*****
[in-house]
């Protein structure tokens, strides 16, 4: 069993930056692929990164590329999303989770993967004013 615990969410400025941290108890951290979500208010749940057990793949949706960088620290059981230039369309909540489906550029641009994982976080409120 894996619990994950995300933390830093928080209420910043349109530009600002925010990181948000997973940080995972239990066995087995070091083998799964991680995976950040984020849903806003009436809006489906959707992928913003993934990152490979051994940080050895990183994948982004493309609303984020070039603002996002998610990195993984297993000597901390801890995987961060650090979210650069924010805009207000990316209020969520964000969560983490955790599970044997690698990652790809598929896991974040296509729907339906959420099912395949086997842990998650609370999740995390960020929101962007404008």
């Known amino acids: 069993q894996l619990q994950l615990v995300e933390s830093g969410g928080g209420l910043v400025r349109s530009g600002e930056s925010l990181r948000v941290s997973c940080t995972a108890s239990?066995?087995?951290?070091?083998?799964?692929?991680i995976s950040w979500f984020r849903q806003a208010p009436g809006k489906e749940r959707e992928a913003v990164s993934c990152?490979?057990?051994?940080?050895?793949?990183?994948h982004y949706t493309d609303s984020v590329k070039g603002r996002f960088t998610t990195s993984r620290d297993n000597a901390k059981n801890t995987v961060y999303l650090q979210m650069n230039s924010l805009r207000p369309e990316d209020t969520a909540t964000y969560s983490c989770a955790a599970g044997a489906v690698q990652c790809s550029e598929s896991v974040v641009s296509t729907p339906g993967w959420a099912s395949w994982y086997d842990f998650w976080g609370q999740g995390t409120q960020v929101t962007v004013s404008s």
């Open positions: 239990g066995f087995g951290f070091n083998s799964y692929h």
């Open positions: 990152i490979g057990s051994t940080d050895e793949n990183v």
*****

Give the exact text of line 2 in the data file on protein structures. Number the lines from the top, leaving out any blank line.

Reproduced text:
């Protein structure tokens, strides 16, 4: 069993930056692929990164590329999303989770993967004013 615990969410400025941290108890951290979500208010749940057990793949949706960088620290059981230039369309909540489906550029641009994982976080409120 894996619990994950995300933390830093928080209420910043349109530009600002925010990181948000997973940080995972239990066995087995070091083998799964991680995976950040984020849903806003009436809006489906959707992928913003993934990152490979051994940080050895990183994948982004493309609303984020070039603002996002998610990195993984297993000597901390801890995987961060650090979210650069924010805009207000990316209020969520964000969560983490955790599970044997690698990652790809598929896991974040296509729907339906959420099912395949086997842990998650609370999740995390960020929101962007404008």